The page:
Could you identify this flower and the insects on its stem?
Please identify this flower. Are those aphids on the stem? Are they harmful to this flower? Is there a way I can get rid of them? I used to have a whole bank of these flowers but they seem to be only about 50% now.
Thank you for the question and the nice photos. As best I can tell, your plant is false or oxeye sunflower, Heliopsis helianthoides. This is a native plant that can grow 2-5 feet tall and blooms July-September. It grows best in full sun with dry to moderate moisture in sandy, loamy soil. Here is an informational link on your plant including a photo: http://www.ceoe.udel.edu/nativeplantgarden/pdf/25_june_09_oxeye%20sunfower.pdf
From the photos it appears that your plants are growing in shade or part shade. This will keep them from growing and spreading as well as possible. This may be why you are noticing fewer plants.
It appears that you do have aphids on the sunflower. Spraying the aphids off with a garden hose is a good method of control that doesn't harm other plants, beneficial insects, or microorganisms in the soil. Please review this University of Minnesota extension publication on aphids in the home garden: http://www.extension.umn.edu/garden/insects/find/aphids-in-home-gardens/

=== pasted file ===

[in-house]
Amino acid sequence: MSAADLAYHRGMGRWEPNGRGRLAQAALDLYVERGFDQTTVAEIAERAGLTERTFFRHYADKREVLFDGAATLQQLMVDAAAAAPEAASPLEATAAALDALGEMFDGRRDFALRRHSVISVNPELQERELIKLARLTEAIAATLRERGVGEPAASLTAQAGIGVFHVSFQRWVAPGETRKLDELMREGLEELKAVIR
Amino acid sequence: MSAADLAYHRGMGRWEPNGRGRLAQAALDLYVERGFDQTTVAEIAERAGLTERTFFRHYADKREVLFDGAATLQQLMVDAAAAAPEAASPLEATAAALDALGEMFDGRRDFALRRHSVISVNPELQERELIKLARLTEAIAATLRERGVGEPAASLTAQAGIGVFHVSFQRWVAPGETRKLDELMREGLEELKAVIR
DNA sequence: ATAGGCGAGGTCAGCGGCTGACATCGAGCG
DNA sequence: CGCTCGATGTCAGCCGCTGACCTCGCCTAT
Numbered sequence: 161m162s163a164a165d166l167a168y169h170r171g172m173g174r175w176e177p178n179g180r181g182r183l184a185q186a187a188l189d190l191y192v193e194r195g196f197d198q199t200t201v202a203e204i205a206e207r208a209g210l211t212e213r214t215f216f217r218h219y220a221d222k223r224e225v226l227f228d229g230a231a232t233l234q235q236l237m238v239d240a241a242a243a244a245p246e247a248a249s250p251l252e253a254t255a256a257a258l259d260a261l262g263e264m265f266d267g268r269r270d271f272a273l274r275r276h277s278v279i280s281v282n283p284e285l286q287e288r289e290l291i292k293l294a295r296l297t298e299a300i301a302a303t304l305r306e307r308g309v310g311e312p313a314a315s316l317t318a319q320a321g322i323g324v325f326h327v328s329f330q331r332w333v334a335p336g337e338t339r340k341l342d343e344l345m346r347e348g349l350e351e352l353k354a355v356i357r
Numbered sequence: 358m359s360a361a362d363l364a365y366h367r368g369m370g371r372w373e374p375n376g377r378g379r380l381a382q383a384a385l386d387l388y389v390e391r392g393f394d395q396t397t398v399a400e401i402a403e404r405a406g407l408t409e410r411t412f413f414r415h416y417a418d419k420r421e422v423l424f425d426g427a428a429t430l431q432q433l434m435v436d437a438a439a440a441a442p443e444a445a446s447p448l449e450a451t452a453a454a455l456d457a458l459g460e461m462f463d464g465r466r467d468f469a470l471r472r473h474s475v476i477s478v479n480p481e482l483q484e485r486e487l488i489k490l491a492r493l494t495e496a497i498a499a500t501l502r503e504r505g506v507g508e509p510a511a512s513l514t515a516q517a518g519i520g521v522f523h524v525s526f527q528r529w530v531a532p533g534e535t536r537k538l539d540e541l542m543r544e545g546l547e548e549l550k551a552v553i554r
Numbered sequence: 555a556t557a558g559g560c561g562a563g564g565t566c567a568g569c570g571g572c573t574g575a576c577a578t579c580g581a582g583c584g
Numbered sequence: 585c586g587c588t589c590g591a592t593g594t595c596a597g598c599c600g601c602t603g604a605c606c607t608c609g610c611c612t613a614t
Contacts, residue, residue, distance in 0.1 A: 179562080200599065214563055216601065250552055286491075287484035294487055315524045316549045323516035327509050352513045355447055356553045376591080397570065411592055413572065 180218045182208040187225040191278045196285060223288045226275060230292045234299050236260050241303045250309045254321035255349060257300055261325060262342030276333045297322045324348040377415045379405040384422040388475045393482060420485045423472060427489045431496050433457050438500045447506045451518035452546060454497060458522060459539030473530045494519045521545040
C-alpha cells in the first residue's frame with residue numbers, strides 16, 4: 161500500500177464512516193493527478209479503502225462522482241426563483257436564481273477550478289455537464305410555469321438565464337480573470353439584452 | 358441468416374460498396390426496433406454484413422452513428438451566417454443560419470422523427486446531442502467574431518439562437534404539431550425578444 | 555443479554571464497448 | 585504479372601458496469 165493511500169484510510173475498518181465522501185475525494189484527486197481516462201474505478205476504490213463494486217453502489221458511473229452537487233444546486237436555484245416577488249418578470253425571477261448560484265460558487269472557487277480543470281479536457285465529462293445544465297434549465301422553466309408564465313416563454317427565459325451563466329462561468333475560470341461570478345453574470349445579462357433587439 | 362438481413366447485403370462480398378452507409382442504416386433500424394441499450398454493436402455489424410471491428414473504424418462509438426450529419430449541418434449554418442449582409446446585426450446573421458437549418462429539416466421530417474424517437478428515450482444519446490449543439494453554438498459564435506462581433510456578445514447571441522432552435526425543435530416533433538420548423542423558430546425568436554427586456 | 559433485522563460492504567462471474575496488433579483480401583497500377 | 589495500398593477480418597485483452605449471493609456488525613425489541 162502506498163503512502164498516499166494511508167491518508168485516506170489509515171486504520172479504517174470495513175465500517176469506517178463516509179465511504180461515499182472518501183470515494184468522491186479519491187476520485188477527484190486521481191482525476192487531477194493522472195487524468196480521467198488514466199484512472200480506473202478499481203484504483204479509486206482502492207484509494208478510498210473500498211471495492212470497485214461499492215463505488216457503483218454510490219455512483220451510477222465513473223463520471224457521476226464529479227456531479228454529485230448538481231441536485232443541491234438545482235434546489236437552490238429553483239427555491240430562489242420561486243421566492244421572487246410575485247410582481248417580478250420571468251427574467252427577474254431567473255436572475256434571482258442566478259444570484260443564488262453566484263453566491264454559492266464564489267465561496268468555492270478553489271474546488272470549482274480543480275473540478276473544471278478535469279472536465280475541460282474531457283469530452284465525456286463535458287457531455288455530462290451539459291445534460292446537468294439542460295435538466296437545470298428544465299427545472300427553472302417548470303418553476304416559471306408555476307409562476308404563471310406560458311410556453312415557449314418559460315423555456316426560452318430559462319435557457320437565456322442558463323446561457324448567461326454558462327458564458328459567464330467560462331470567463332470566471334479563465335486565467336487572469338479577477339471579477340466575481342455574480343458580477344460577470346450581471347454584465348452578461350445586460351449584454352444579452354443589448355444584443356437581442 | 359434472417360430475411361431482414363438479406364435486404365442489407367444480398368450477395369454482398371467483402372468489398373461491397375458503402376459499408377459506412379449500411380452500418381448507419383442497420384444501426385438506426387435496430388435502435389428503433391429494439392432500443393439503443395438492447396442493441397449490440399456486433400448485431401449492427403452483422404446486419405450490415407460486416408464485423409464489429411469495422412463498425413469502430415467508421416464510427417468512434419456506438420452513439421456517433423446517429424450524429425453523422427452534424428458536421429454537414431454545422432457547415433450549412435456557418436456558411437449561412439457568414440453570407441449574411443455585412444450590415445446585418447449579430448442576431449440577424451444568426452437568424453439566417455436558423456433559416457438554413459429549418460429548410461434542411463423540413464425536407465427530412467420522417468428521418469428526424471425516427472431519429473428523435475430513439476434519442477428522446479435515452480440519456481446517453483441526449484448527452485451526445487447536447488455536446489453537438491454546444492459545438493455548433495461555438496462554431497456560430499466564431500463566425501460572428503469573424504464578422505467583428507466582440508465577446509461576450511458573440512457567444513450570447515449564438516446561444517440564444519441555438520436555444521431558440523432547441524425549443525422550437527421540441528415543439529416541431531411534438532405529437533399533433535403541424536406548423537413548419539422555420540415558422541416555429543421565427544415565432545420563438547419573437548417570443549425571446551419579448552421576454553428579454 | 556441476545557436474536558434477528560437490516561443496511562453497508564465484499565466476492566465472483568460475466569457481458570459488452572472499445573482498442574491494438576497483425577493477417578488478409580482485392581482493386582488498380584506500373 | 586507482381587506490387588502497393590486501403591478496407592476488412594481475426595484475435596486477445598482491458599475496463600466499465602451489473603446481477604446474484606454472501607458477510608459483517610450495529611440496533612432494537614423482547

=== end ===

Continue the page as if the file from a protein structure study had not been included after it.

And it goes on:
Are the aphids harmful? Do you think that they have been hurting the flowers? I've tried spraying them off with a garden hose and even used the little detergent next, but that really didn't work very well. It's much too big of an area.
Please read the link I sent you to "Aphids in the Home Garden." Aphids will cause plant damage. Here is the part from the publication on aphid damage:
Aphids suck plant sap from leaves and stems through a fine, needle-like stylet. Damage from feeding is quite variable, ranging from no apparent damage to off-color foliage, twisted and curled leaves, gall formation, poor plant growth, and plant dieback. Feeding aphids secrete excess sugars from their abdomen in the form of sticky “honeydew.” Honeydew supports the growth of black sooty mold (Figure 4), which reduces the photosynthetic area of the leaf, which can ultimately result in smaller fruit.
In addition, aphids are vectors of several different viruses. For example, aphids can transmit cucumber mosaic virus. This virus has a very wide host range and can infect many vegetables including cucurbits (squash, cucumber, pumpkin, and melon), beans, spinach, tomato, lettuce, and beets as well as annuals and perennials, such as impatiens, gladiolus, petunia, phlox, and Rudbeckia. Viruses can cause mottling, yellowing, or curling of leaves and stunting of plant growth (Figure 5). In some cases the fruit can be misshapen (Figure 6).
If you want to use insecticides, read the part on aphid control. Your problem may be out of control this year. Next year when the plants come up, scout frequently for aphids and then non-chemical control methods should be more effective.
Thanks for the information. I've lived at this site for 16 years and the aphids appeared about six years ago and come back every year. I don't see them on any other plant. The area of hillside gets a fair amount of sun.